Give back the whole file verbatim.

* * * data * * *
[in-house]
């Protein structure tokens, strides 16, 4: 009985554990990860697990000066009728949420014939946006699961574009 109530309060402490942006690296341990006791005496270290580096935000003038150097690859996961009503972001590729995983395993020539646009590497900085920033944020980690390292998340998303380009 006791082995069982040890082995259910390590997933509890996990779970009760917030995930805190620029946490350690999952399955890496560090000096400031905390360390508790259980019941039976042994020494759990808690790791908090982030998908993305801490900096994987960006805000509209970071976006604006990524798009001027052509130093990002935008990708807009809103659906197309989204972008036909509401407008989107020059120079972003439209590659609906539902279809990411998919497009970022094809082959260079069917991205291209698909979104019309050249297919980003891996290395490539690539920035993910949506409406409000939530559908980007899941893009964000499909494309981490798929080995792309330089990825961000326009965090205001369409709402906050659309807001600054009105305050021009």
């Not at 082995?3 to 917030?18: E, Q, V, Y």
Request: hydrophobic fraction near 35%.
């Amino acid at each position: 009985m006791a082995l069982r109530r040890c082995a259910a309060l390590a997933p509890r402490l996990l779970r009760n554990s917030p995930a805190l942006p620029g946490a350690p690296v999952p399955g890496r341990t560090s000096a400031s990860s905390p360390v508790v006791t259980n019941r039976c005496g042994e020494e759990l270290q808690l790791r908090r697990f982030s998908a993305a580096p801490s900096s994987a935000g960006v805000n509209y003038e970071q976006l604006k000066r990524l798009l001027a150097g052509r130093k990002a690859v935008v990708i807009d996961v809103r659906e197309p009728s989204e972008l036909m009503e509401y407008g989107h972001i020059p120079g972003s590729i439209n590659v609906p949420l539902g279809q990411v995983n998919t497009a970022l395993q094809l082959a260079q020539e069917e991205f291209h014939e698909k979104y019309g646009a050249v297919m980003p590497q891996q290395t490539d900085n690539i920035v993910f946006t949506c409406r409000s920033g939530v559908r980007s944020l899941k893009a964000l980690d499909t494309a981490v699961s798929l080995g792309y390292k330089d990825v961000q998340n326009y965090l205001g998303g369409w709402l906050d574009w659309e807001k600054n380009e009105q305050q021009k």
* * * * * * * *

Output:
[in-house]
């Protein structure tokens, strides 16, 4: 009985554990990860697990000066009728949420014939946006699961574009 109530309060402490942006690296341990006791005496270290580096935000003038150097690859996961009503972001590729995983395993020539646009590497900085920033944020980690390292998340998303380009 006791082995069982040890082995259910390590997933509890996990779970009760917030995930805190620029946490350690999952399955890496560090000096400031905390360390508790259980019941039976042994020494759990808690790791908090982030998908993305801490900096994987960006805000509209970071976006604006990524798009001027052509130093990002935008990708807009809103659906197309989204972008036909509401407008989107020059120079972003439209590659609906539902279809990411998919497009970022094809082959260079069917991205291209698909979104019309050249297919980003891996290395490539690539920035993910949506409406409000939530559908980007899941893009964000499909494309981490798929080995792309330089990825961000326009965090205001369409709402906050659309807001600054009105305050021009």
């Not at 082995?3 to 917030?18: E, Q, V, Y």
Request: hydrophobic fraction near 35%.
């Amino acid at each position: 009985m006791a082995l069982r109530r040890c082995a259910a309060l390590a997933p509890r402490l996990l779970r009760n554990s917030p995930a805190l942006p620029g946490a350690p690296v999952p399955g890496r341990t560090s000096a400031s990860s905390p360390v508790v006791t259980n019941r039976c005496g042994e020494e759990l270290q808690l790791r908090r697990f982030s998908a993305a580096p801490s900096s994987a935000g960006v805000n509209y003038e970071q976006l604006k000066r990524l798009l001027a150097g052509r130093k990002a690859v935008v990708i807009d996961v809103r659906e197309p009728s989204e972008l036909m009503e509401y407008g989107h972001i020059p120079g972003s590729i439209n590659v609906p949420l539902g279809q990411v995983n998919t497009a970022l395993q094809l082959a260079q020539e069917e991205f291209h014939e698909k979104y019309g646009a050249v297919m980003p590497q891996q290395t490539d900085n690539i920035v993910f946006t949506c409406r409000s920033g939530v559908r980007s944020l899941k893009a964000l980690d499909t494309a981490v699961s798929l080995g792309y390292k330089d990825v961000q998340n326009y965090l205001g998303g369409w709402l906050d574009w659309e807001k600054n380009e009105q305050q021009k």